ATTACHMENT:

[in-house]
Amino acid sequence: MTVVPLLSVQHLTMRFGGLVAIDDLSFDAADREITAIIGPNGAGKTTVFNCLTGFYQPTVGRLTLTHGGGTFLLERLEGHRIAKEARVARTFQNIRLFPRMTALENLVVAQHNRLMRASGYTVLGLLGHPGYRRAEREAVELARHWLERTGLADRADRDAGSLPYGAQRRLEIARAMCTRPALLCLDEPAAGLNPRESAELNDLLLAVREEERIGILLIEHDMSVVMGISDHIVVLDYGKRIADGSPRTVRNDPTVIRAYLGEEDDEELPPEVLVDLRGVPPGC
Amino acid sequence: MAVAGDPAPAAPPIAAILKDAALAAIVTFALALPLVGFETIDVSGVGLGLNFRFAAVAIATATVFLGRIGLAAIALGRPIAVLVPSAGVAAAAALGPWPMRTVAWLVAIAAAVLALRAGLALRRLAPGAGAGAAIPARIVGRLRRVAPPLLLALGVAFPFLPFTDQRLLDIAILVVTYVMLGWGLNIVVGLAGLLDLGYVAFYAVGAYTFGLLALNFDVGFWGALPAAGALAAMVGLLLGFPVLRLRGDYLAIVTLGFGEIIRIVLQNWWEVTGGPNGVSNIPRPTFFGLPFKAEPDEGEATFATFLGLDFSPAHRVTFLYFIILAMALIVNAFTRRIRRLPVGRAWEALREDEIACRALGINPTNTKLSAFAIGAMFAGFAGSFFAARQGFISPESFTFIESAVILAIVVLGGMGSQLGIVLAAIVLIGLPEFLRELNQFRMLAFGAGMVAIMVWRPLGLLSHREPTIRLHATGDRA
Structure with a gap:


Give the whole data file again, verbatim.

[in-house]
Amino acid sequence: MTVVPLLSVQHLTMRFGGLVAIDDLSFDAADREITAIIGPNGAGKTTVFNCLTGFYQPTVGRLTLTHGGGTFLLERLEGHRIAKEARVARTFQNIRLFPRMTALENLVVAQHNRLMRASGYTVLGLLGHPGYRRAEREAVELARHWLERTGLADRADRDAGSLPYGAQRRLEIARAMCTRPALLCLDEPAAGLNPRESAELNDLLLAVREEERIGILLIEHDMSVVMGISDHIVVLDYGKRIADGSPRTVRNDPTVIRAYLGEEDDEELPPEVLVDLRGVPPGC
Amino acid sequence: MAVAGDPAPAAPPIAAILKDAALAAIVTFALALPLVGFETIDVSGVGLGLNFRFAAVAIATATVFLGRIGLAAIALGRPIAVLVPSAGVAAAAALGPWPMRTVAWLVAIAAAVLALRAGLALRRLAPGAGAGAAIPARIVGRLRRVAPPLLLALGVAFPFLPFTDQRLLDIAILVVTYVMLGWGLNIVVGLAGLLDLGYVAFYAVGAYTFGLLALNFDVGFWGALPAAGALAAMVGLLLGFPVLRLRGDYLAIVTLGFGEIIRIVLQNWWEVTGGPNGVSNIPRPTFFGLPFKAEPDEGEATFATFLGLDFSPAHRVTFLYFIILAMALIVNAFTRRIRRLPVGRAWEALREDEIACRALGINPTNTKLSAFAIGAMFAGFAGSFFAARQGFISPESFTFIESAVILAIVVLGGMGSQLGIVLAAIVLIGLPEFLRELNQFRMLAFGAGMVAIMVWRPLGLLSHREPTIRLHATGDRA
Structure with a gap: